At UNC’s COVID-19 recovery clinic, a 12-year-old girl is still battling symptoms a year later

North Carolina

CHAPEL HILL, N.C. (WNCN) – Wednesday Lynch is the youngest patient at UNC’s COVID-19 Recovery Clinic. She hadn’t yet turned 12 when she got the virus, so there wasn’t a vaccine available to her.

Now, almost 13 years old, Wednesday is still suffering from the long-term effects of COVID-19.

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“She was an all-star cheerleader, always bouncing off the walls and bouncing off the trampoline,” said Melisa Lynch, Wednesday’s mom. “She was a straight-A student.”

But that all changed in September 2020, when Wednesday tested positive for COVID-19. Her mom said the mild infection quickly took a turn. She said Wednesday had a 103-degree fever for three days and seizures.

One year later, Wednesday has heart and blood pressure problems, too. She was diagnosed with Tachycardia, Dysautonomia, and POTS (Postural Orthostatic Tachycardia Syndrome).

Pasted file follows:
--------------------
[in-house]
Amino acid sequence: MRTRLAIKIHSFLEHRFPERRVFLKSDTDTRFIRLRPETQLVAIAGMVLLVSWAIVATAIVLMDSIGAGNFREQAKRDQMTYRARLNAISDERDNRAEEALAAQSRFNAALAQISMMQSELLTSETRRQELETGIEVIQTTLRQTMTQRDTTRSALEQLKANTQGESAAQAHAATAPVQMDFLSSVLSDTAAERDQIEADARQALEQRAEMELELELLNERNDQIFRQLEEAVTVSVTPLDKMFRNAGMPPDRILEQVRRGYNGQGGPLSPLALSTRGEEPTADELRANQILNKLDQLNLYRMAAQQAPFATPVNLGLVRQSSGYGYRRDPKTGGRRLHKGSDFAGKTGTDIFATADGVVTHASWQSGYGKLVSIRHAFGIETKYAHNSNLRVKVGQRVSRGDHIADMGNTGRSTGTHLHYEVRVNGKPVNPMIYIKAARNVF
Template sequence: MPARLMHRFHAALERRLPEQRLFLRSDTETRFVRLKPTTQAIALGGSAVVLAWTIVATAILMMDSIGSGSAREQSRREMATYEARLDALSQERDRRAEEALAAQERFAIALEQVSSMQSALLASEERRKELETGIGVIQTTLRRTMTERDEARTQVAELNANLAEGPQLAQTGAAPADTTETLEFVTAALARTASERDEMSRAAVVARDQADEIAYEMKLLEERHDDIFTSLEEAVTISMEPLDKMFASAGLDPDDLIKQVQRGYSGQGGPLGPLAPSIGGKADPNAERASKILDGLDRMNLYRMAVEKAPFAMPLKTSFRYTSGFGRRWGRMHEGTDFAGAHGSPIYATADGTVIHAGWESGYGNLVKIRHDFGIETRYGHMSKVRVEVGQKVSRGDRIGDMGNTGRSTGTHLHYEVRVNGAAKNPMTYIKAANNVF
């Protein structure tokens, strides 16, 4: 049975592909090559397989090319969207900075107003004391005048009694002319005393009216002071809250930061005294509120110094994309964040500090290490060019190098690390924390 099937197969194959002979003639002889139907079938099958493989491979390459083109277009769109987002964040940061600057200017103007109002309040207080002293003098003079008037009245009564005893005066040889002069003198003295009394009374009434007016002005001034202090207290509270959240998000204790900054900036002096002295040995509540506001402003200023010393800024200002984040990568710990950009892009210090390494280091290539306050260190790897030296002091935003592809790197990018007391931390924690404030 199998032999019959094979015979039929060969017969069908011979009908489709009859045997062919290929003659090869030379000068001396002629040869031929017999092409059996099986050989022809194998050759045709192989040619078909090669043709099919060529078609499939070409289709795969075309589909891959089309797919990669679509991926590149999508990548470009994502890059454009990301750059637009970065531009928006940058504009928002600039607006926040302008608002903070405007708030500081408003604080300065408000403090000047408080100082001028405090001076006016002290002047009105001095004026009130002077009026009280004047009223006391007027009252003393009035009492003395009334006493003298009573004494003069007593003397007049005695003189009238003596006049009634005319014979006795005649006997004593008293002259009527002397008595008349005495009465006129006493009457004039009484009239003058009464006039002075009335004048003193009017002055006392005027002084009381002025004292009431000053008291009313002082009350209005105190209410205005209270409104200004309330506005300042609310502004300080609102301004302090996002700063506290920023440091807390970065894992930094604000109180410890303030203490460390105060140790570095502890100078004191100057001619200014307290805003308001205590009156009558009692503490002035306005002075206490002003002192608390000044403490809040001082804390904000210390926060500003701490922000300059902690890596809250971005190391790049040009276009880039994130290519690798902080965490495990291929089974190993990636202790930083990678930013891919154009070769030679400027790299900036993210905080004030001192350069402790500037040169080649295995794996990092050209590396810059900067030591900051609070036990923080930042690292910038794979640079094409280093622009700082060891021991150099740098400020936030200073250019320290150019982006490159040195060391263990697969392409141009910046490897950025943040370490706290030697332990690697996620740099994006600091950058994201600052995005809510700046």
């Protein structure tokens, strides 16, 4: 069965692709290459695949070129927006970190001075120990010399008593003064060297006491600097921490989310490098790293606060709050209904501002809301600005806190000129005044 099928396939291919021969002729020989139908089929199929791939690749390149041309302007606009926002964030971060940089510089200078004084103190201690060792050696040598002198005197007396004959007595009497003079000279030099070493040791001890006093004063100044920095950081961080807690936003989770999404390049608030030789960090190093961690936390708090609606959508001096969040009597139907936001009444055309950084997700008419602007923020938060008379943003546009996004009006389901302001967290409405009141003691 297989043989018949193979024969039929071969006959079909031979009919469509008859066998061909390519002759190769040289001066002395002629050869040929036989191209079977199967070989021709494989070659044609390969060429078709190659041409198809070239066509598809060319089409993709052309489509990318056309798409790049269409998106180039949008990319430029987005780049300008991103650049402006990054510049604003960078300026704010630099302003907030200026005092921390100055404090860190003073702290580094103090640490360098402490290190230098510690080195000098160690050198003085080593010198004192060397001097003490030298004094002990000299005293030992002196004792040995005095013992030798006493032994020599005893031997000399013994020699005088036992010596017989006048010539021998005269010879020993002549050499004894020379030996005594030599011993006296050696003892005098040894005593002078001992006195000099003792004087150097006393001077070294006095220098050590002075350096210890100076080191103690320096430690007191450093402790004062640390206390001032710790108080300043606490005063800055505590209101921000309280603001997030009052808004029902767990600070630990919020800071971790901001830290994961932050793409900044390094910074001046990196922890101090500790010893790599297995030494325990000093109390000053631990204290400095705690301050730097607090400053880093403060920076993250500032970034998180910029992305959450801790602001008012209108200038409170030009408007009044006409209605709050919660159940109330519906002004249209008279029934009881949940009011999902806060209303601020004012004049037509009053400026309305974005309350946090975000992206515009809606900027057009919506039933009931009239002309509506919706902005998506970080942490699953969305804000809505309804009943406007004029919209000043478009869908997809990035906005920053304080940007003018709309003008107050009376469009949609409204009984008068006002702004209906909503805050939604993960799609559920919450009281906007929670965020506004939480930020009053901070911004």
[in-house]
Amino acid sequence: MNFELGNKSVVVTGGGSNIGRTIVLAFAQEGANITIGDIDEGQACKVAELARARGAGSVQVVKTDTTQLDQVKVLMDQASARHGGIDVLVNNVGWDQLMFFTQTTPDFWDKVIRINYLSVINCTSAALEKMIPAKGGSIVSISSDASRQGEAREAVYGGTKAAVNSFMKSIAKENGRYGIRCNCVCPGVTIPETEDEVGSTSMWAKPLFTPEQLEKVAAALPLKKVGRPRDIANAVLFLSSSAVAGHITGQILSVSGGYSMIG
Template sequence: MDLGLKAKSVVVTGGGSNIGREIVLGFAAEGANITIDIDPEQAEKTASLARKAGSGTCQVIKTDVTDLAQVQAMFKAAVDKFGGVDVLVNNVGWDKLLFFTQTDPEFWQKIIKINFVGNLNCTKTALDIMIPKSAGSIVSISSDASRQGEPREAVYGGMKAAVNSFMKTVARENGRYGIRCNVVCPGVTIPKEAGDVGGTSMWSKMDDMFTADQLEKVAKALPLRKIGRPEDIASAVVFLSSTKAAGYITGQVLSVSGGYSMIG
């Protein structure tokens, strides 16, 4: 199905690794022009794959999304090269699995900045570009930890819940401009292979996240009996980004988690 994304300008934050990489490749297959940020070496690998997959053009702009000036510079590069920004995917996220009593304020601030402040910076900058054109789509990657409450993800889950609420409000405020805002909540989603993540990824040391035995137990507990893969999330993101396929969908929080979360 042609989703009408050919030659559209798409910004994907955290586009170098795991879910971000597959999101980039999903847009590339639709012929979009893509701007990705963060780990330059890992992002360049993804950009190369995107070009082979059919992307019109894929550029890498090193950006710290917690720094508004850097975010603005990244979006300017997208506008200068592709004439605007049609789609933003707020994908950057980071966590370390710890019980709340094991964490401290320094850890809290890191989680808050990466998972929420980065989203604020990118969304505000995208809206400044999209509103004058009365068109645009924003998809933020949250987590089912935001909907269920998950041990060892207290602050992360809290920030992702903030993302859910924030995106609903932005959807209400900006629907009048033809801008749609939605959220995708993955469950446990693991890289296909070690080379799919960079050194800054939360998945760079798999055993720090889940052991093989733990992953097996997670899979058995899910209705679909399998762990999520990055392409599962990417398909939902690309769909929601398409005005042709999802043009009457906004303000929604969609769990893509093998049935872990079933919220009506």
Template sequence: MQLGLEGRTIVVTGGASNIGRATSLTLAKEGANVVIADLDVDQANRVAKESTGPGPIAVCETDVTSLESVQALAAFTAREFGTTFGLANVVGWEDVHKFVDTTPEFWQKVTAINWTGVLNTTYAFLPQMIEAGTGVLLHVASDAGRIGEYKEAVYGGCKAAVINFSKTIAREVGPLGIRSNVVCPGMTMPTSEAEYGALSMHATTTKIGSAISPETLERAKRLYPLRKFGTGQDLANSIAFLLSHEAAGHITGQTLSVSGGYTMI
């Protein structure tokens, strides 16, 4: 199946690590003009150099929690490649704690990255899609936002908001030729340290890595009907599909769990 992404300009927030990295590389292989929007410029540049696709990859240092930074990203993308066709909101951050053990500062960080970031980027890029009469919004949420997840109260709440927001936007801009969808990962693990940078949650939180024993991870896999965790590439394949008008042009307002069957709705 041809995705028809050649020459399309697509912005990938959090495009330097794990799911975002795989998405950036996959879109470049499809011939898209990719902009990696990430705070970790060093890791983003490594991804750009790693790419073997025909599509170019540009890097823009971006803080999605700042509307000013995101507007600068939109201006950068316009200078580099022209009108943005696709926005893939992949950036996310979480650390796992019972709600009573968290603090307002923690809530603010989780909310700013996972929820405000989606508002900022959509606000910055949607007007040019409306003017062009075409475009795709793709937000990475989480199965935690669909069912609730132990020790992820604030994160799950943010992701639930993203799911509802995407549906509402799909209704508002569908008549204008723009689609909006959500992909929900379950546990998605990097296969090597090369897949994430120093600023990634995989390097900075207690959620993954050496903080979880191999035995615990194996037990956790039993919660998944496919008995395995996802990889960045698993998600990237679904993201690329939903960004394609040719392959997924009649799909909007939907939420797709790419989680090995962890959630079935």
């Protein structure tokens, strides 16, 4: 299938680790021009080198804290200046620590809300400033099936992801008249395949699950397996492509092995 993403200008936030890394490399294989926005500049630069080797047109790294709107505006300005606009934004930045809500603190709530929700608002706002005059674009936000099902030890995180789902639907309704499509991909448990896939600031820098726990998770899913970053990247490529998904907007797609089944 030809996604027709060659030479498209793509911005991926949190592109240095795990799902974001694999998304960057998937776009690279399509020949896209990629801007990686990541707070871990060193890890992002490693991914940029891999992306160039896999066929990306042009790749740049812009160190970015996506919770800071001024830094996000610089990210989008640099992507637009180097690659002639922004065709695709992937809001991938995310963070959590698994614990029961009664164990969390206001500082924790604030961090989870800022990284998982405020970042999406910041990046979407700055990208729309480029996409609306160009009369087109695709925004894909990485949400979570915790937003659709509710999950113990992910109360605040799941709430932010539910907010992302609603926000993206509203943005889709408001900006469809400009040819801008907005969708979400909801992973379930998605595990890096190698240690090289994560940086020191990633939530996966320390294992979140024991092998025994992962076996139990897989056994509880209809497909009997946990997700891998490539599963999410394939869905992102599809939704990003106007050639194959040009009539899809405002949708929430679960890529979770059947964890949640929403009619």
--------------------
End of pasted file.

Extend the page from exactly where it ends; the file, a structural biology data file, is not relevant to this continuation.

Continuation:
“She’s had brain fog, confusion, memory loss, and cognitive loss with learning,” Lynch said. “She was tested for accommodations and she was performing at 31 percent and two grade levels behind.”

There’s no end in sight.

“It can be challenging to treat an illness that we know relatively little about. It’s tough for us to provide estimates or a timeline or degree of recovery,” said Dr. John Baratta, who is Wednesday’s doctor at the recovery clinic.

There are about 500 patients enrolled in the clinic. Wednesday is the youngest patient and one of the handful of patients under the age of 18.

“Most of the research that has been done on long-haulers is regarding adults,” Baratta said.

That’s why Lynch is working so hard to educate parents. She is providing information on vaccinations and advocating for the importance of masking.

“I wouldn’t wish this on my worst enemy,” Lynch said. “I can’t force anybody to do anything, but I can at least try.”

She’s also working to raise awareness that not only can kids get a severe case of COVID-19, but it can change their lives.

Lynch is the global ambassador of the U.S. branch of “Long COVID Kids,” which is an advocacy group that helps kids and their families deal with the long-lasting effects of COVID-19.

“I’d just like to see [Wednesday] be able to live a normal life again,” Lynch said.

Both Baratta and Lynch said the best defense against Long COVID is by getting vaccinated and wearing a mask.

Baratta has a toddler at home and said that as soon as she is eligible for the shot, they will take her to get a vaccine to protect her from what he has to see every day.

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